Escape from New York
The Wine Enthusiast Guide to the Hudson Valley.
For too long the Hudson Valley was considered a second-rate region, an afterthought realm that served but two purposes for most New York City dwellers: Autumn leaf peeping and apples ad nauseum. But with its verdant, big-sky vistas, its storybook small towns, and its wealth of organic crops and markets, the area has fast become a capital of the farm-to-table phenomenon and a destination for foodies. If you find yourself in the Big Apple this summer, head due north toward the source of some of the best fare on the planet.
The Kingston-based butcher shop Fleisher’s Grass-Fed & Organic Meat, which has a shop in Brooklyn, has long been a mecca for local grass-fed and hormone-free meats, like its lamb loin chops and dry-aged porterhouse. If you can, um, carve out the time, the shop offers a three-day butchering 101 class. In addition to supplying New York’s top restaurants with everything from foie gras to micro greens, Hudson Valley-area farms help make the farmer’s market scene one of the most bountiful in the nation. One of the Valley’s best is in the town of Hudson, held every Saturday from May through Thanksgiving. Your market must-buys: Breakfast carrots from Red Oak Farm, chewy pretzels from Loaf Bakery, and Doc’s Hard Cider from Warwick Valley Winery.
Last fall, John McCarthy and Ben Freemole, who earned their stripes at New York’s acclaimed WD-50, opened The Crimson Sparrow in Hudson, which has fast become a destination dinner for foodies from the Big City. The order: lobster-and-shrimp cassoulet with sous-vide pine nuts. Go to Mercato Osteria and Enoteca in Red Hook for the grilled branzino with roasted potatoes and sautéed local lacinata kale paired with Paolo Scavino’s Piemonte Rosso; Local 111 in Philmont for burgers and steaks from cattle raised by nearby Grazin’ Angus Acres. Bonus: Be on the look out for the much-anticipated opening of Fish & Game, chef Zak Pelaccio’s (Fatty Crab and Fatty Cue in NYC) first foray upstate.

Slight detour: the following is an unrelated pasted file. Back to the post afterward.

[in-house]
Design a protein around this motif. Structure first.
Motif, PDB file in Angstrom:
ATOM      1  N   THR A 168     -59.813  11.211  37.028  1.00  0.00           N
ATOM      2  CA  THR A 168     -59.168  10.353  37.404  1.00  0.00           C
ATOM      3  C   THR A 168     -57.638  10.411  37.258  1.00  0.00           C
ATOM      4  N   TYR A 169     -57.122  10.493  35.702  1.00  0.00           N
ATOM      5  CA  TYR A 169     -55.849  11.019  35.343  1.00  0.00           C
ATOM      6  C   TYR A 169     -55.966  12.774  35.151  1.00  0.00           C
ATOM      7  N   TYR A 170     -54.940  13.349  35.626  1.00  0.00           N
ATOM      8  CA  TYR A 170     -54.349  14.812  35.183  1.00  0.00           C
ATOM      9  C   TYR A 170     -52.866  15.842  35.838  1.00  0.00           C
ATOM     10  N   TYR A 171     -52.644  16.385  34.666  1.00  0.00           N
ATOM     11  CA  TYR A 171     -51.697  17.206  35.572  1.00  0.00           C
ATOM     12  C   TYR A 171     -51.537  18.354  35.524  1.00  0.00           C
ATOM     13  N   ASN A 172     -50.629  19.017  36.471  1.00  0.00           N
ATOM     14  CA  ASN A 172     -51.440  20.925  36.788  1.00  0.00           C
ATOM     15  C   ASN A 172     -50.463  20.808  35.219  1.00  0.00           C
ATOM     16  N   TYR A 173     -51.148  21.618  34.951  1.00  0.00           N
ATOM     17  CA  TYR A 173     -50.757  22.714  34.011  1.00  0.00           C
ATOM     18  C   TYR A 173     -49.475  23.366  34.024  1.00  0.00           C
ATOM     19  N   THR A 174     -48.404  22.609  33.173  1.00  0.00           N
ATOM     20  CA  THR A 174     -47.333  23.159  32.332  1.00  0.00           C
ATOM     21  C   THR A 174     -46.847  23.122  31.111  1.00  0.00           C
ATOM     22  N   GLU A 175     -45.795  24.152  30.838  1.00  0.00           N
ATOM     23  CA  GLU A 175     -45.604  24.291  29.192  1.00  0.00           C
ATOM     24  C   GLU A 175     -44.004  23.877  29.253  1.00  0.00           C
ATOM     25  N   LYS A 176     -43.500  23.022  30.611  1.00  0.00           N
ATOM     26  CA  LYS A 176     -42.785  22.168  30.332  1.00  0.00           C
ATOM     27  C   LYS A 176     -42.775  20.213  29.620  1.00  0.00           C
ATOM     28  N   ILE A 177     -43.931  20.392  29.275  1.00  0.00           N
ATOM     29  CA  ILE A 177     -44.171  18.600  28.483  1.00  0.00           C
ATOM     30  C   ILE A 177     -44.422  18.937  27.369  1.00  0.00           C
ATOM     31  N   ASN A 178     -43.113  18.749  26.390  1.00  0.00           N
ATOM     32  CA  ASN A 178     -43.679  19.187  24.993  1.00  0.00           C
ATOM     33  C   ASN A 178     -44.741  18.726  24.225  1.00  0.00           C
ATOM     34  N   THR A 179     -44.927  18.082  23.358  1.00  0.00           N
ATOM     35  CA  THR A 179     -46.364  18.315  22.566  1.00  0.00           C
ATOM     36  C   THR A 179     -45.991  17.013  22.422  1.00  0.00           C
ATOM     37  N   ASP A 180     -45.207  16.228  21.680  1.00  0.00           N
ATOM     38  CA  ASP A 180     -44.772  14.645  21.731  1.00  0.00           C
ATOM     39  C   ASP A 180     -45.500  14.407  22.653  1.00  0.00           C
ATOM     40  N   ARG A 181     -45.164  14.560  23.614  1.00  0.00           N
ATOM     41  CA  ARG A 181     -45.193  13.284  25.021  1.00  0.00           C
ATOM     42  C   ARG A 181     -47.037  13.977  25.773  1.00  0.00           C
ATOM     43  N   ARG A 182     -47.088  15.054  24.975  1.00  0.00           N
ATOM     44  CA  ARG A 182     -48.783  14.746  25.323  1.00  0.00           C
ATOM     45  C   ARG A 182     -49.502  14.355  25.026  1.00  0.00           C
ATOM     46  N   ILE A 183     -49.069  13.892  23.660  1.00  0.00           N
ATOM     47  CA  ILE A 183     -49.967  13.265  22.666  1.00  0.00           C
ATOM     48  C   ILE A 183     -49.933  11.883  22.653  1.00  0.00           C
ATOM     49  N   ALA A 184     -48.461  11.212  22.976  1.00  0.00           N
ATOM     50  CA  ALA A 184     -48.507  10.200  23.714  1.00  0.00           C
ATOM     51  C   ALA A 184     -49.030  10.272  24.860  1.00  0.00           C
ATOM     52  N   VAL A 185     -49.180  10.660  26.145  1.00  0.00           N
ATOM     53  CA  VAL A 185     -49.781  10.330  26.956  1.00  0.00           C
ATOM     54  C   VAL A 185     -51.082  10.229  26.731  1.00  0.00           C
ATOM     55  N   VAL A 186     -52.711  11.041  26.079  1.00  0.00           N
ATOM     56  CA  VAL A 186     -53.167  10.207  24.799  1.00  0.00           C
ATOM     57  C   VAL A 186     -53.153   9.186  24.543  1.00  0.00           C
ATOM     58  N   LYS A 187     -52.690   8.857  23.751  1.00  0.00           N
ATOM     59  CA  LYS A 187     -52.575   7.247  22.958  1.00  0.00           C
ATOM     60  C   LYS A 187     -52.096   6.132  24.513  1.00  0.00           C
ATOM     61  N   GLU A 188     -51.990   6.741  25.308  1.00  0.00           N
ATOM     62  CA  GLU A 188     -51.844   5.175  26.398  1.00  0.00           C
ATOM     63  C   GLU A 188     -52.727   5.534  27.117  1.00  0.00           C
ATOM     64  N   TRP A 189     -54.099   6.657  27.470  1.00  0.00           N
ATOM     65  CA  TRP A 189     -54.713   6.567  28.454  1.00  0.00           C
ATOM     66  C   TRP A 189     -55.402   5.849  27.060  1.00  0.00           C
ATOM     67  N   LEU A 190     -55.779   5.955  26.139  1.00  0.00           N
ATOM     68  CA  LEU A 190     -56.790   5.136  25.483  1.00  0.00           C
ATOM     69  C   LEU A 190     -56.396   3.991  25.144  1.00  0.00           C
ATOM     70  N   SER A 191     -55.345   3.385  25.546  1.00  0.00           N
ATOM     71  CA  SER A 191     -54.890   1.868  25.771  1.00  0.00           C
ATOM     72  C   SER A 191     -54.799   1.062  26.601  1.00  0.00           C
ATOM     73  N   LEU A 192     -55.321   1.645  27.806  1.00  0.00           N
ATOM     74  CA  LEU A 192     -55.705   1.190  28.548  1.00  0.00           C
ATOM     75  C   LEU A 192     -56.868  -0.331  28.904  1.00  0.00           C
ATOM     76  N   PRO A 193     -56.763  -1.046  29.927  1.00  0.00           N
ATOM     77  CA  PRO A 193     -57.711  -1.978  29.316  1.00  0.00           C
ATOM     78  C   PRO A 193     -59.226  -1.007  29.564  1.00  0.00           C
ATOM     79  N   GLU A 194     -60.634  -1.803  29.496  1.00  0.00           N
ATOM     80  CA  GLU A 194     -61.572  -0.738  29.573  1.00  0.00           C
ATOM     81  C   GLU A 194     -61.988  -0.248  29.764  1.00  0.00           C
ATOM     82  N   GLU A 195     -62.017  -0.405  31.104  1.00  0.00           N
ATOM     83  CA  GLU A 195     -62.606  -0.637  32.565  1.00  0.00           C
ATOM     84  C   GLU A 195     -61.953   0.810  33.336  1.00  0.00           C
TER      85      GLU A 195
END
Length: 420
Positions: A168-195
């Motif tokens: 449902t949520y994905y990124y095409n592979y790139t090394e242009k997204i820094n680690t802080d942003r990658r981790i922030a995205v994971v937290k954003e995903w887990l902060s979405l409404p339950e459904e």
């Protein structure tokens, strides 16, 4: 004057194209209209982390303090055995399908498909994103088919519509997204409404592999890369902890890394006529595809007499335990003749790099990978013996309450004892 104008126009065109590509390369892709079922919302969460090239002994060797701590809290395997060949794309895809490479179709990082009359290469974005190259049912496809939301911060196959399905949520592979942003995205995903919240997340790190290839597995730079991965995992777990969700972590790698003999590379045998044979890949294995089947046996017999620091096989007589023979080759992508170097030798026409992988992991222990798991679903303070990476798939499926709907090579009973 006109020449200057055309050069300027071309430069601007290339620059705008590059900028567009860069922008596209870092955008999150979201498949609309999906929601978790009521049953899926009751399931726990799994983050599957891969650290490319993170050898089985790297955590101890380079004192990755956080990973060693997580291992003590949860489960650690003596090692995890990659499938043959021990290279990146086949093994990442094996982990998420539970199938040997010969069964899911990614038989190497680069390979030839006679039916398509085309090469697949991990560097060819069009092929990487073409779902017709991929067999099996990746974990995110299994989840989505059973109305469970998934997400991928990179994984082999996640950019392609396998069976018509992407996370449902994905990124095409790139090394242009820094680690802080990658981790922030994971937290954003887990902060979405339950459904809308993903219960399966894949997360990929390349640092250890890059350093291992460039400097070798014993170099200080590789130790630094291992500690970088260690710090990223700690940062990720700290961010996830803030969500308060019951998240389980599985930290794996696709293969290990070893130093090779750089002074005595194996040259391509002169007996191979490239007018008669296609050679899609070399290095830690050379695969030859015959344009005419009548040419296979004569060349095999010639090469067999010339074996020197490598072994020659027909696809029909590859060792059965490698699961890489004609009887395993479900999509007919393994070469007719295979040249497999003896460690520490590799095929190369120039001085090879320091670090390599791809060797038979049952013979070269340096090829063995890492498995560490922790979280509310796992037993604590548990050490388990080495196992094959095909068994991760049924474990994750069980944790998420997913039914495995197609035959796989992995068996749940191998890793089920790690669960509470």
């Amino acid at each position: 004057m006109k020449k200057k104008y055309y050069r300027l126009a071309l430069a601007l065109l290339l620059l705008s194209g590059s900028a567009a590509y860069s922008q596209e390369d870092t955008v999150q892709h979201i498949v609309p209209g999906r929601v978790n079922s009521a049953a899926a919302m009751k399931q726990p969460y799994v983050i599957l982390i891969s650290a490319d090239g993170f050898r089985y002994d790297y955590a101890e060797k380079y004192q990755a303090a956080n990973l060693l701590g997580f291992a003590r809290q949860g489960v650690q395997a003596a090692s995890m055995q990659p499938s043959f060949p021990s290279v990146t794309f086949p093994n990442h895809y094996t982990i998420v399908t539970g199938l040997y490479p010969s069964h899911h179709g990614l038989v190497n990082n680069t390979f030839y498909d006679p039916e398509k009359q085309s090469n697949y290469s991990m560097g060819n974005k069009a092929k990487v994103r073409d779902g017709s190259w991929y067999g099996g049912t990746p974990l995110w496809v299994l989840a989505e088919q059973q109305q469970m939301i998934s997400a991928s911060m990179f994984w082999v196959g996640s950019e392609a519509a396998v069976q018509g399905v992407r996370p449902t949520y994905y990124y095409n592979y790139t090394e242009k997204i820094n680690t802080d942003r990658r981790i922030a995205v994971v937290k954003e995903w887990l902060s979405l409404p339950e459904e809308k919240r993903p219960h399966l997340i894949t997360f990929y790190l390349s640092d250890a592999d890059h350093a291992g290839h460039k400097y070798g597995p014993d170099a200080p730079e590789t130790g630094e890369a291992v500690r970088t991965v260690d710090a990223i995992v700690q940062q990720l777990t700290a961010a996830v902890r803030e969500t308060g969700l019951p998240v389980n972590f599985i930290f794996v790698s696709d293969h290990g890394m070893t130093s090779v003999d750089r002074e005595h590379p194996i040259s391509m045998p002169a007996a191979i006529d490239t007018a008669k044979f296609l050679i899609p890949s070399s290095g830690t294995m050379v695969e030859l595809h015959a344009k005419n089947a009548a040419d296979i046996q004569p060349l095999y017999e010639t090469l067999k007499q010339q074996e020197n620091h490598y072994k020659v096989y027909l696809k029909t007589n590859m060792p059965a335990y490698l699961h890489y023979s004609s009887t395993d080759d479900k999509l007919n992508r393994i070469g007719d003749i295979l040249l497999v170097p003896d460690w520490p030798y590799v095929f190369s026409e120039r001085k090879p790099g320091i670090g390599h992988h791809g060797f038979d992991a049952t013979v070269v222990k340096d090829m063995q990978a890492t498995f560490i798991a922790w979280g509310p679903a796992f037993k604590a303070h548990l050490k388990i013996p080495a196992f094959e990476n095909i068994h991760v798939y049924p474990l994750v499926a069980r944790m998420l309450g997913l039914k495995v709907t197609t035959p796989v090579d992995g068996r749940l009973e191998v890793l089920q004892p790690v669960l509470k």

While not on par with the Finger Lakes or Long Island, the Hudson Valley does sport a legitimate wine industry based largely on hybrid grapes and a few noble varieties like Merlot, Cabernet Franc, Riesling and Chardonnay. Millbrook Vineyards and Winery in Dutchess County not only offers jaw-dropping views of the valley, it also has guided tours and tastings of its Chardonnay, Tocai Friulano, Pinot Noir and Cabernet Franc. At rustic Hudson-Chatham Winery in Ghent, sip the dry Riesling and Seyval Blanc, and Merlot and Cab Franc. For a more potent pour, head to Hudson Whiskey in Gardiner. One of the vanguards of the craft distilling boom, this family operation boasts several mouth-watering mash bills, including its Corn Whiskey, rye and Baby Bourbon.